Dubious, but determined to go through with this experiment, I glanced at the cover. $9.99? For a paperback? Even reduced to $7 according to the Walmart price tag, that's still more than I 'm used to paying for a book. Still, I decided to give it a try.

It sat in my suitcase for the next four hours. After a climb into the North Georgia mountains, a long, irritating day with my family, and booking ourselves into a not-bad hotel room, we got the baby ready for bed, and I curled up and peeled the cover to the first romance novel I have ever read.

The first page was not impressive. Not even a little bit. I had expected tripe, but this cover proclaims Ms. Feehan to be a New York Times bestseller. Surely she could find an editor worth a damn? Adverbs abound, and the lack of description is appalling. 500 pages later (exactly), and I STILL don't know what the primary love interest looks like. He does have long hair (of course) and is apparently very warrior like and muscular, but don't ask me what the color of his hair is. I'm fairly sure that the main character has hair that likes to randomly "band" itself orange and red like a tiger or something, but I'm still not sure what her actual hair color is.

During the first few pages, she actually dons a brightly colored vest, which is described as such not once, but twice. No mention of what those bright colors are, only that they aren't the dark colors favored by the women of this village. This stuff literally reads like I used to write back in my middle school days.

The main character is a super-perfect determinedly strong warrior, and of course her lifemate (can't have a fantasy romance novel without some form of eternal love bond, now can we?) spends the entire book keeping her from being just that. And the main character spends most of the book denying their destined love. Naturally.

I'm really trying to give this stuff the benefit of the doubt, but I'm NEVER going to look at the word "channel" the same way again.

One question, if any of you are regular romance readers: Why is it that words like "velvet folds" and "tight channel" must be used to describe female genitalia in purple-y euphemisms (always preceded by the word "feminine") but there's no problem throwing in a random "scrotum" for your viewing pleasure? Why not the "tender mound of his masculine roundness"? Fits the formula, doesn't it?

I still don't get it. And all I have to say is this: if this chick can get on the NYT bestseller list, I'm writing the wrong stuff.

Friday, January 19, 2007

1st 50 printed

Only took about a minute on those industrial super printers at the school. I don't have my printer hooked up to this computer yet (massive motherboard failure on the other comp... thank goodness for backup) and this one doesn't have floppy access anyway, so I'm just printing out my rough draft on the school printers for now. Free that way, anyway. ;)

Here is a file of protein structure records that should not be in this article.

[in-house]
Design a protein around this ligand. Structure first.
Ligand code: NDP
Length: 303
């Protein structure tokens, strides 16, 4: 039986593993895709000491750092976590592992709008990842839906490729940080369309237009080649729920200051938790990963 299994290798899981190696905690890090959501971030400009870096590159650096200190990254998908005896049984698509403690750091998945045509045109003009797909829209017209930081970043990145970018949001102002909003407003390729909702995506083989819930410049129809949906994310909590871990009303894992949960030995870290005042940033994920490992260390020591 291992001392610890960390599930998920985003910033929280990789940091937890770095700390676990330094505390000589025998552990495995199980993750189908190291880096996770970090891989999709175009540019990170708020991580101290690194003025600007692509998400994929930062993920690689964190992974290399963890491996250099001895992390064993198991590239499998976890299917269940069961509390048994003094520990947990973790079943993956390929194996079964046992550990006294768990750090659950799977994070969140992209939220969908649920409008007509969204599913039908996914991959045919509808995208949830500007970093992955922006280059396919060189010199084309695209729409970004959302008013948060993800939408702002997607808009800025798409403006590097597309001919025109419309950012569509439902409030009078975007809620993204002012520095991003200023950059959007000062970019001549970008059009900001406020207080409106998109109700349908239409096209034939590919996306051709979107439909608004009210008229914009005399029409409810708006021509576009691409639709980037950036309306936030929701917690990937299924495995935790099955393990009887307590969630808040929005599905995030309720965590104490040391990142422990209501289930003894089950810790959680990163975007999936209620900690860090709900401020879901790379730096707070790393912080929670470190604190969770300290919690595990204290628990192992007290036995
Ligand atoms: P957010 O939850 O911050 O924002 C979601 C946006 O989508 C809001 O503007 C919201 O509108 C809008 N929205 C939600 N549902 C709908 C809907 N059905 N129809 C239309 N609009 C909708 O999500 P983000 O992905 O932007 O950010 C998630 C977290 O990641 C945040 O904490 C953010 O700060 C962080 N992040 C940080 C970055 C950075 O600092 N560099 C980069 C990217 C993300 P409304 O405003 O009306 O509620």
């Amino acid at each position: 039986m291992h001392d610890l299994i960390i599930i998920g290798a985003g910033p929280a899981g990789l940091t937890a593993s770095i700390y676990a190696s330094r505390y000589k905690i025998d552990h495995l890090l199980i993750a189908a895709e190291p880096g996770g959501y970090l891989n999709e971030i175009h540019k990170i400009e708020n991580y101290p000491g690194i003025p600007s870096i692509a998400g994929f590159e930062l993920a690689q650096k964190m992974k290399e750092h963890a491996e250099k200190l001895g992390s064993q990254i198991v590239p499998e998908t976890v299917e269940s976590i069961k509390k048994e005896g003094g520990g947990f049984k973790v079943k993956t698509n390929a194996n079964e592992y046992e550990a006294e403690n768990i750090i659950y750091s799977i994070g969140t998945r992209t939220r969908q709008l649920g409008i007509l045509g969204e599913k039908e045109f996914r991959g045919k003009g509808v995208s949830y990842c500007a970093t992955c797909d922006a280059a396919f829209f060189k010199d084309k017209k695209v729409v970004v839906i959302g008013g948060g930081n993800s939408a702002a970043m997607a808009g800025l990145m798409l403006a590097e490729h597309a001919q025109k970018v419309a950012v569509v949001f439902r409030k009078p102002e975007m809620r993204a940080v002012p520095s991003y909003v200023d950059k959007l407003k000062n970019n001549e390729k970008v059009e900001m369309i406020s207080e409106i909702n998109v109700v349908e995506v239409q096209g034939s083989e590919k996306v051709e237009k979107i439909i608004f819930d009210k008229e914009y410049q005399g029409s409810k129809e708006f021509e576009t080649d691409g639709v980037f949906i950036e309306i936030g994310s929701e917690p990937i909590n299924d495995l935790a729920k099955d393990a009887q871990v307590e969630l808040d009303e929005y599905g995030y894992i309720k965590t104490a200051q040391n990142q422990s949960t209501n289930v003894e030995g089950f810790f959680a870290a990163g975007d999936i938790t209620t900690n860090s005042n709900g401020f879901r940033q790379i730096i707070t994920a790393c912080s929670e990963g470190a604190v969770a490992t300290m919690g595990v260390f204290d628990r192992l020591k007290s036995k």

Thursday, January 18, 2007

Debugging template

Apparently, thanks to the fact that I just got Firefox, I found out that the template I've been using doesn't work in Firefox, at all! BUT, I fixed the problem, thanks to the removal of a tiny snippet of code, so it should work now.

Saturday, January 13, 2007

From the dusty archives

I've finally found the old 2002 NaNo (Shadowhawk's Fire - isn't that an awful title?) on disk. It's incomplete, but more complete than the hard copy I have printed out. I still know what happens (I did write it, after all!) so I can reconstruct the missing pieces with little trouble. I would like to know where the old stuff IS.

I've uploaded the original word document to my Gmail, since for some ungodly reason, the PC I use at home has a slot for a floppy drive, but somehow LACKS said floppy drive.

I've also downloaded OpenOffice, because I refuse to pay $200 for Microsoft Office.

My first goal: GEt this beastie printed out (yay school computers... I can probably print out 10 or 20 pages a night in the labs at school for nothing) and break out the red pen. Then, start with a blank document, and start rewriting.

I think the best advice I've received so far for editing is to leave a project for a year before editing. It really gives you distance, and lets me see the holes that I couldn't when it was still close, near and dear to my heart.

Wednesday, January 03, 2007

Writer's meeting this weekend

My NaNoWriMo group is getting together for a post-nano pre-critique group meeting. It's something I've desperately needed, to get my tail back in gear.